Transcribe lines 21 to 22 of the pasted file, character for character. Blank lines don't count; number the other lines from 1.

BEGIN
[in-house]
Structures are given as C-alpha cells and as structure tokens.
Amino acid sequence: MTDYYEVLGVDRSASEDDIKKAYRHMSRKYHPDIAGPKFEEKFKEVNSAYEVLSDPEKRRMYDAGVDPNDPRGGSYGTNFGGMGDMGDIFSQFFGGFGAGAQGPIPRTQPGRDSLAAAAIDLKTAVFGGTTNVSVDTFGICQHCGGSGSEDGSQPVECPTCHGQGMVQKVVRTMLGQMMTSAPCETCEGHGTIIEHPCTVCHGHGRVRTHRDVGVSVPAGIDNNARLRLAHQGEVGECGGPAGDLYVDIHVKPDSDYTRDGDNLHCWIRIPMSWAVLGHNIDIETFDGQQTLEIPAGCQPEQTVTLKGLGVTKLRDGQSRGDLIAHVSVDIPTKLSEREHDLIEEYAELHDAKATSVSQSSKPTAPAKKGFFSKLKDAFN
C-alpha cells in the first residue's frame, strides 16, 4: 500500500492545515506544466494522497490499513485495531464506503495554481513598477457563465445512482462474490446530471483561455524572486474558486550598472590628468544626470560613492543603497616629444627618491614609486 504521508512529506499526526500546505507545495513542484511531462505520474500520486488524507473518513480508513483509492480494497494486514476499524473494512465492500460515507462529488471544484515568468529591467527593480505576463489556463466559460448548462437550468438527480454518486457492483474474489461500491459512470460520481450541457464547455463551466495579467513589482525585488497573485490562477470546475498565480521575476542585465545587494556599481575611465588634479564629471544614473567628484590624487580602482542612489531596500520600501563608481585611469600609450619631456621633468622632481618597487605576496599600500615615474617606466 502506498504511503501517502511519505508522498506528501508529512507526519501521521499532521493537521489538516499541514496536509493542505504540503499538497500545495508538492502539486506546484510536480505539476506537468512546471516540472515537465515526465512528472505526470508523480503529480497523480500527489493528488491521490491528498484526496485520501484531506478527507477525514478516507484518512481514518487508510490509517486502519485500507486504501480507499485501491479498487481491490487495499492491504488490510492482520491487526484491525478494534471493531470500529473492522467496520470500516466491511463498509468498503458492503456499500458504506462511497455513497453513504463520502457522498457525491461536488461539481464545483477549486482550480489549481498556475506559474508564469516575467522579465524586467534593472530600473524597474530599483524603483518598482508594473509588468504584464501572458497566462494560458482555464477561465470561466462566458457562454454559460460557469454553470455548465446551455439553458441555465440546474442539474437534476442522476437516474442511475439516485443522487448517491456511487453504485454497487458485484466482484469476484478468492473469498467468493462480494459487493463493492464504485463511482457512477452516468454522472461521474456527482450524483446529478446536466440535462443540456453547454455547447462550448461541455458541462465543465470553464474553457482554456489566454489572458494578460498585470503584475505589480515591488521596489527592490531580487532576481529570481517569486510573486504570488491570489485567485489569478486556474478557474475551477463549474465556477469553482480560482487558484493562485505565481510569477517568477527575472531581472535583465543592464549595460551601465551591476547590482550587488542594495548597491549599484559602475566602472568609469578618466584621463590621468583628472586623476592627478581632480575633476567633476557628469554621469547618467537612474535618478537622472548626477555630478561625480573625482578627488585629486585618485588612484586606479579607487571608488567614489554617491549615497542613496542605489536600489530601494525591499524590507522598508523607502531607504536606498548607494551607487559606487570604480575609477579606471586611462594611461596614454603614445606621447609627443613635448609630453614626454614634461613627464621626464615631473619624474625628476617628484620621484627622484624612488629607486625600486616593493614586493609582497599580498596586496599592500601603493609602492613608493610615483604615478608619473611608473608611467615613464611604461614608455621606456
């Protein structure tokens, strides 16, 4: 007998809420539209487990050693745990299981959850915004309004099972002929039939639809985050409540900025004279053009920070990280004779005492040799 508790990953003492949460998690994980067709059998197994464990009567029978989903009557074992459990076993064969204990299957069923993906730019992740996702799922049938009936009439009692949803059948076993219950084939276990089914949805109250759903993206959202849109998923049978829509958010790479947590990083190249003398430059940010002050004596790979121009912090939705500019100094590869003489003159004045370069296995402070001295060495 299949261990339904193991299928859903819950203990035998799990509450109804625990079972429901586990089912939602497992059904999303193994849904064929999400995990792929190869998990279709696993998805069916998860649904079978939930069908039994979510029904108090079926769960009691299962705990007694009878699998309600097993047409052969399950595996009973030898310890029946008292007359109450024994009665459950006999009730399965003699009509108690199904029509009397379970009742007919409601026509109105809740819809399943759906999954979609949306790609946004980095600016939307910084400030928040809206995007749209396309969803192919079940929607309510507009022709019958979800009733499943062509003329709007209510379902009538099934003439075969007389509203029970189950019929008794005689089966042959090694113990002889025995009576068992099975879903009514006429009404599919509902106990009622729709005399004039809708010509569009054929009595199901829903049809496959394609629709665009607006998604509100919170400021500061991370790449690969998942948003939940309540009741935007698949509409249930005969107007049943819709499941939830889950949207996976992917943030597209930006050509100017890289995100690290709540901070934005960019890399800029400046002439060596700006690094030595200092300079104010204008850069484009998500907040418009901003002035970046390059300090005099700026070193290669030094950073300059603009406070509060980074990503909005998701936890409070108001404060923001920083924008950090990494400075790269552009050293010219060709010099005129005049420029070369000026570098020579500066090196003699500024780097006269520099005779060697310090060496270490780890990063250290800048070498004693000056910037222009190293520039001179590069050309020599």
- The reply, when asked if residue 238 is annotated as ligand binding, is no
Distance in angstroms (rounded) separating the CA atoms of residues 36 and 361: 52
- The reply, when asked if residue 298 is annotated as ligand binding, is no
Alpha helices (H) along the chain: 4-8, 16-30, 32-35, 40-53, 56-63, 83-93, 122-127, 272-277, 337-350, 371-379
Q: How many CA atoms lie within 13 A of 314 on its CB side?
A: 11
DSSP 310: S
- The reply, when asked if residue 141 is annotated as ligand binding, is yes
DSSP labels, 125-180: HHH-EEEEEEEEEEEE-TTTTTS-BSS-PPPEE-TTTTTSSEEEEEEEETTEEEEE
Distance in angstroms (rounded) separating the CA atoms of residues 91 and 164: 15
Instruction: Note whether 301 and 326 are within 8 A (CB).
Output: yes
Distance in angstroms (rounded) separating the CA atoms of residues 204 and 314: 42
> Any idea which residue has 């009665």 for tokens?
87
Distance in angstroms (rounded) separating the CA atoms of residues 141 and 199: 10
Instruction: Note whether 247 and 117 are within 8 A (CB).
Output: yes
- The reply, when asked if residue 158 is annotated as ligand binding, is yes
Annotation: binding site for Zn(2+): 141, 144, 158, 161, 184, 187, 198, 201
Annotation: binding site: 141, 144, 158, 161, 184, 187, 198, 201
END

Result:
Distance in angstroms (rounded) separating the CA atoms of residues 141 and 199: 10
Instruction: Note whether 247 and 117 are within 8 A (CB).